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TRAITS OF THE NEW TESTAMENT CHURCH: Getting There from Here (Part 5)


The faith, love, and hope we see on the part of the early Christians in the pages of the New Testament are much different from what we see in the community of Christ on Earth today.

That is, it is much different if our earlier posts on this subject present an accurate, complete picture of the early church.

Actually, there is much information in the New Testament that shows the early church had its problems, just as we do. The things we quoted in the earlier posts were the apostolic exhortations to the ideal, not a reflection of how things really were.

Every book of the New Testament shows how the disciples of Jesus failed to live up to His ideal. In fact, most of the epistles were written specifically to correct problems in those churches.

  • Matthew, Mark, Luke and John all relate the interaction between Jesus and His chosen disciples. In each of these, we see the disciples full of misunderstanding and misbehavior as they jockeyed with each other to be “first in the kingdom of heaven.”
  • Acts shows in many ways the tensions between the Jewish and Gentile Christians.
  • Romans, some commentators believe, has its climax in chapters 12ff where Paul encouraged greater harmony (see especially Romans 14:1 – 15:13) among the many “house churches” (see chapter 16) in Rome.
  • The Corinthian church was full of problems related to unity, immorality, worship issues, and even teaching concerning the core facts of the gospel. Some even questioned whether there is any resurrection of the dead, just as some do today – at least in some denominations.
  • The churches of Galatia reflect the tensions between the Jewish and Gentile Christians, as well as tendencies to walk after the flesh instead of the Spirit.
  • Paul even had to encourage the church at Philippi to help two women get along with each other.
  • The Colossian church had troubles from a strange mixture of Judaism and Greek Philosophy.
  • The Thessalonians needed reassurance concerning their hope.
  • The letters to Timothy and Titus both dealt with theological and practical issues that these young protégées of Paul faced in Ephesus and Crete respectively.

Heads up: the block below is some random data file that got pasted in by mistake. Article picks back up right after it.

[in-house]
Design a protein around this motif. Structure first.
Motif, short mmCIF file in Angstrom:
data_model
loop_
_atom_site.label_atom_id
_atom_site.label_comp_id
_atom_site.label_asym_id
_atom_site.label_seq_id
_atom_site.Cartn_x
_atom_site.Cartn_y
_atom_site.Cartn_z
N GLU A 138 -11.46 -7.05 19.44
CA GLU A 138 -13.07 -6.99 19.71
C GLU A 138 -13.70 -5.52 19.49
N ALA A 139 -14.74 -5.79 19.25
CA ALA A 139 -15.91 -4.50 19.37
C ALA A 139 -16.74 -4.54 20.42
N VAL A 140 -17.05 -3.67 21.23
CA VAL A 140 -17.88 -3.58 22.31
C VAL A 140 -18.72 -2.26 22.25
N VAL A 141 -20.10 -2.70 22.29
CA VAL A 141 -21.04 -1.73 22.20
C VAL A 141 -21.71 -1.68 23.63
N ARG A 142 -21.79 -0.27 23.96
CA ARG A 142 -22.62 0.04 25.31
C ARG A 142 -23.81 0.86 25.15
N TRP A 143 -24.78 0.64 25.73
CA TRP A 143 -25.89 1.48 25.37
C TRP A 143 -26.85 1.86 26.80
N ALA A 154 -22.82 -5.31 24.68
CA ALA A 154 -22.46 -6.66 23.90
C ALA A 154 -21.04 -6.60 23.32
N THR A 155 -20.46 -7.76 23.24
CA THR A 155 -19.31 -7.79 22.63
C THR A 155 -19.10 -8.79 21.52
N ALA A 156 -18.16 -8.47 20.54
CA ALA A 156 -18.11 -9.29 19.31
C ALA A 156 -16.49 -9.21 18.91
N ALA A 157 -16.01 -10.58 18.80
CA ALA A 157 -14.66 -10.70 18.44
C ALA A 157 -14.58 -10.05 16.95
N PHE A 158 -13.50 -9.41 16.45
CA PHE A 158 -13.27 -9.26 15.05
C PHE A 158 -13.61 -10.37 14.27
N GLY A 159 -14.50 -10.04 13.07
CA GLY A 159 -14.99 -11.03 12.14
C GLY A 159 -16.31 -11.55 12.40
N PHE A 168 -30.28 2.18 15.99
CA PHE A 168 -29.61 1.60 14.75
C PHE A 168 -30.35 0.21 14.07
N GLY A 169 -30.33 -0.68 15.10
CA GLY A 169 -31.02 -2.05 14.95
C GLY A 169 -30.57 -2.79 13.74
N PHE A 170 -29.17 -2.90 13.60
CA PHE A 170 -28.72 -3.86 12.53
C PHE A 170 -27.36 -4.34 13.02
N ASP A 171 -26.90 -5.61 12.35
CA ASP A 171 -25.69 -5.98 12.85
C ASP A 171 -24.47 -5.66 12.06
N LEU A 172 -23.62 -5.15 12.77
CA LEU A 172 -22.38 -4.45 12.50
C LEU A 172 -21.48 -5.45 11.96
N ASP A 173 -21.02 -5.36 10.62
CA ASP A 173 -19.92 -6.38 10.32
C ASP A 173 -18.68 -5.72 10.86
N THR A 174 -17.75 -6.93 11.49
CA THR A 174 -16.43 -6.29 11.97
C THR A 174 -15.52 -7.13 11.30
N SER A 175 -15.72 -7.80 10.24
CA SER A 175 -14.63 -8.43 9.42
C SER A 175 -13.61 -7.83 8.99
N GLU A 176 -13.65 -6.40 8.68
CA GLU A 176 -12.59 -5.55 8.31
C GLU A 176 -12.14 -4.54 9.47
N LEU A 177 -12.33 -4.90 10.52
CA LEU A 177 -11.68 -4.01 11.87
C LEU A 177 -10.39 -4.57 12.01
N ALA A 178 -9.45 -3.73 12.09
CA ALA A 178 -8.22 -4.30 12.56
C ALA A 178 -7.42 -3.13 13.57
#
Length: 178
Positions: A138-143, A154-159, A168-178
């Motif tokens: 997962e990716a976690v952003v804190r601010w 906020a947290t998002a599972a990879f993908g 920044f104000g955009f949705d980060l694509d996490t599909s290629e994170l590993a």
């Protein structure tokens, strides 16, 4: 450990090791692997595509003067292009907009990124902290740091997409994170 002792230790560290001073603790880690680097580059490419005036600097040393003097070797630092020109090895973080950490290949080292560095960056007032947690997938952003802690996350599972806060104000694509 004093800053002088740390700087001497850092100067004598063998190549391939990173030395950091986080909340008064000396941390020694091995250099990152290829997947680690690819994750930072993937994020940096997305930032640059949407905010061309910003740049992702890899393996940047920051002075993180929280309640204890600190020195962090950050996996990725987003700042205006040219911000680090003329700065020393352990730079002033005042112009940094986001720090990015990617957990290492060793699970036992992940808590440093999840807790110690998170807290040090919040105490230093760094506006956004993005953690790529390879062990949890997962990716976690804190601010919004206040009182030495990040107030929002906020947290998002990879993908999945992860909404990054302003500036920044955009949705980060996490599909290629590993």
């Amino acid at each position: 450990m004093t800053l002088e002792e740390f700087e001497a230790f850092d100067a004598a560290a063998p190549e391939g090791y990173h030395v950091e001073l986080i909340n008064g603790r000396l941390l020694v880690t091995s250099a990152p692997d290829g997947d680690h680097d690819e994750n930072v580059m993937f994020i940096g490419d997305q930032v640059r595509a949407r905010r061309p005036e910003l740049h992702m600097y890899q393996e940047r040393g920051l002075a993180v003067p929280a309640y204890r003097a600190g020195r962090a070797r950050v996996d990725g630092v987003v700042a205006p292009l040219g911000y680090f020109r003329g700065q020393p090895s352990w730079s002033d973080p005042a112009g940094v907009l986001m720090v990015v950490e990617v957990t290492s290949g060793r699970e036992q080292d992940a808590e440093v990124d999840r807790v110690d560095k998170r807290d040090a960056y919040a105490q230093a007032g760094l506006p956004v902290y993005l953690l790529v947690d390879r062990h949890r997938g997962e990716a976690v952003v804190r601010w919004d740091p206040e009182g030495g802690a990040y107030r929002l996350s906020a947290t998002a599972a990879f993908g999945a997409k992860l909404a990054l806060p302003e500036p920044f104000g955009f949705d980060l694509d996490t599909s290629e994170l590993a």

• Philemon was a Christian slave owner who needed teaching on how to deal lovingly with a runaway slave who became a Christian.
  • Hebrews spoke to Jewish Christians who were leaving their faith (and their hope) to return to Judaism.
  • James spoke of instances of gross discrimination and favoritism in the assembly, as well as problems concerning faith as it should be expressed.
  • Peter, while speaking of suffering and persecution, did so to exhort the churches to be faithful in facing these. Some were already questioning the hope, wondering if the promise of the Lord’s coming was a mere myth.
  • The epistles of John speak so much of the need to love one another that, reading between the lines, we have reason to believe some to whom he wrote were not acting lovingly. In Third John, especially, we have an example of this in Diotrophes.
  • Jude spoke of shepherds who feed only themselves and are blemishes at the love feasts.
  • Revelation, sent to the seven churches of Asia, had words of encouragement and of rebuke for the churches. The first church addressed, Ephesus, was told they had left their first love.

The book of Ephesus, alone, of all the New Testament has scant reproof for the disciples of Jesus there at Ephesus. This may be because it could be a “circular letter” sent to Ephesus and the other churches of Asia. Some of the earliest MSS do not have the words “in Ephesus” in 1:1 and there are no personal greetings. The only person, other than Paul, mentioned was Tychicus, the bearer of the letter. These facts support the idea of this letter being a circular letter that was not an appropriate vehicle to give specific rebukes to specific churches.